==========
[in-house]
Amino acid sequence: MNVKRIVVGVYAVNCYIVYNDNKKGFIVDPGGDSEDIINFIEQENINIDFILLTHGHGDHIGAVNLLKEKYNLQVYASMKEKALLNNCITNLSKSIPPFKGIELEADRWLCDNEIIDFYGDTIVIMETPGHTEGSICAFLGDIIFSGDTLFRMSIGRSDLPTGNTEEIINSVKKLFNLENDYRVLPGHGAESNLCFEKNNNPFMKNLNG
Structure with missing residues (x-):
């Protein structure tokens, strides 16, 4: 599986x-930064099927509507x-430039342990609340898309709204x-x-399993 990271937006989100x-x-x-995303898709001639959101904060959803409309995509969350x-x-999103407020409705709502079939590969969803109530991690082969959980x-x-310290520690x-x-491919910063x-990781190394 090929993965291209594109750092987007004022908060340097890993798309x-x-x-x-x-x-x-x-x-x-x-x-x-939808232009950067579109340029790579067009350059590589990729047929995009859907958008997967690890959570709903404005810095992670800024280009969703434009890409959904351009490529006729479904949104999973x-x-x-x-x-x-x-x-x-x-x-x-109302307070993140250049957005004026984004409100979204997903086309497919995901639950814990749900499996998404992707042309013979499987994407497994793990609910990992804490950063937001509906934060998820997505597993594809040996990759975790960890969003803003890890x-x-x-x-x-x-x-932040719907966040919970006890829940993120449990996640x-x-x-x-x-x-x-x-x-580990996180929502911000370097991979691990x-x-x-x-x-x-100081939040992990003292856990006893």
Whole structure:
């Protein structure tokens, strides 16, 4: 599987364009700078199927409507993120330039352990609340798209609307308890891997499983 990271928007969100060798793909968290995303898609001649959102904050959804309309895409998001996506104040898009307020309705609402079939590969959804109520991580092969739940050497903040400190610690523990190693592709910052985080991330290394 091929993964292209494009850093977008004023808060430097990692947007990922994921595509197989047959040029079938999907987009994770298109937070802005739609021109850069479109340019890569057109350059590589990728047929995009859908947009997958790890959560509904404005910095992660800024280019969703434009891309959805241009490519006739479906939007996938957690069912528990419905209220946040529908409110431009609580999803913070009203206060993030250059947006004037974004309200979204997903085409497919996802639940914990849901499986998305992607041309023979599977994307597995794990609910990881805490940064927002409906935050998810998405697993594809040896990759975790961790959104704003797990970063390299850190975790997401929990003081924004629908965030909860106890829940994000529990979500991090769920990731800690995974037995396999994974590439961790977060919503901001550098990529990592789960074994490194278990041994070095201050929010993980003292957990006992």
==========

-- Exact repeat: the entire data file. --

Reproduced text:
[in-house]
Amino acid sequence: MNVKRIVVGVYAVNCYIVYNDNKKGFIVDPGGDSEDIINFIEQENINIDFILLTHGHGDHIGAVNLLKEKYNLQVYASMKEKALLNNCITNLSKSIPPFKGIELEADRWLCDNEIIDFYGDTIVIMETPGHTEGSICAFLGDIIFSGDTLFRMSIGRSDLPTGNTEEIINSVKKLFNLENDYRVLPGHGAESNLCFEKNNNPFMKNLNG
Structure with missing residues (x-):
């Protein structure tokens, strides 16, 4: 599986x-930064099927509507x-430039342990609340898309709204x-x-399993 990271937006989100x-x-x-995303898709001639959101904060959803409309995509969350x-x-999103407020409705709502079939590969969803109530991690082969959980x-x-310290520690x-x-491919910063x-990781190394 090929993965291209594109750092987007004022908060340097890993798309x-x-x-x-x-x-x-x-x-x-x-x-x-939808232009950067579109340029790579067009350059590589990729047929995009859907958008997967690890959570709903404005810095992670800024280009969703434009890409959904351009490529006729479904949104999973x-x-x-x-x-x-x-x-x-x-x-x-109302307070993140250049957005004026984004409100979204997903086309497919995901639950814990749900499996998404992707042309013979499987994407497994793990609910990992804490950063937001509906934060998820997505597993594809040996990759975790960890969003803003890890x-x-x-x-x-x-x-932040719907966040919970006890829940993120449990996640x-x-x-x-x-x-x-x-x-580990996180929502911000370097991979691990x-x-x-x-x-x-100081939040992990003292856990006893």
Whole structure:
């Protein structure tokens, strides 16, 4: 599987364009700078199927409507993120330039352990609340798209609307308890891997499983 990271928007969100060798793909968290995303898609001649959102904050959804309309895409998001996506104040898009307020309705609402079939590969959804109520991580092969739940050497903040400190610690523990190693592709910052985080991330290394 091929993964292209494009850093977008004023808060430097990692947007990922994921595509197989047959040029079938999907987009994770298109937070802005739609021109850069479109340019890569057109350059590589990728047929995009859908947009997958790890959560509904404005910095992660800024280019969703434009891309959805241009490519006739479906939007996938957690069912528990419905209220946040529908409110431009609580999803913070009203206060993030250059947006004037974004309200979204997903085409497919996802639940914990849901499986998305992607041309023979599977994307597995794990609910990881805490940064927002409906935050998810998405697993594809040896990759975790961790959104704003797990970063390299850190975790997401929990003081924004629908965030909860106890829940994000529990979500991090769920990731800690995974037995396999994974590439961790977060919503901001550098990529990592789960074994490194278990041994070095201050929010993980003292957990006992």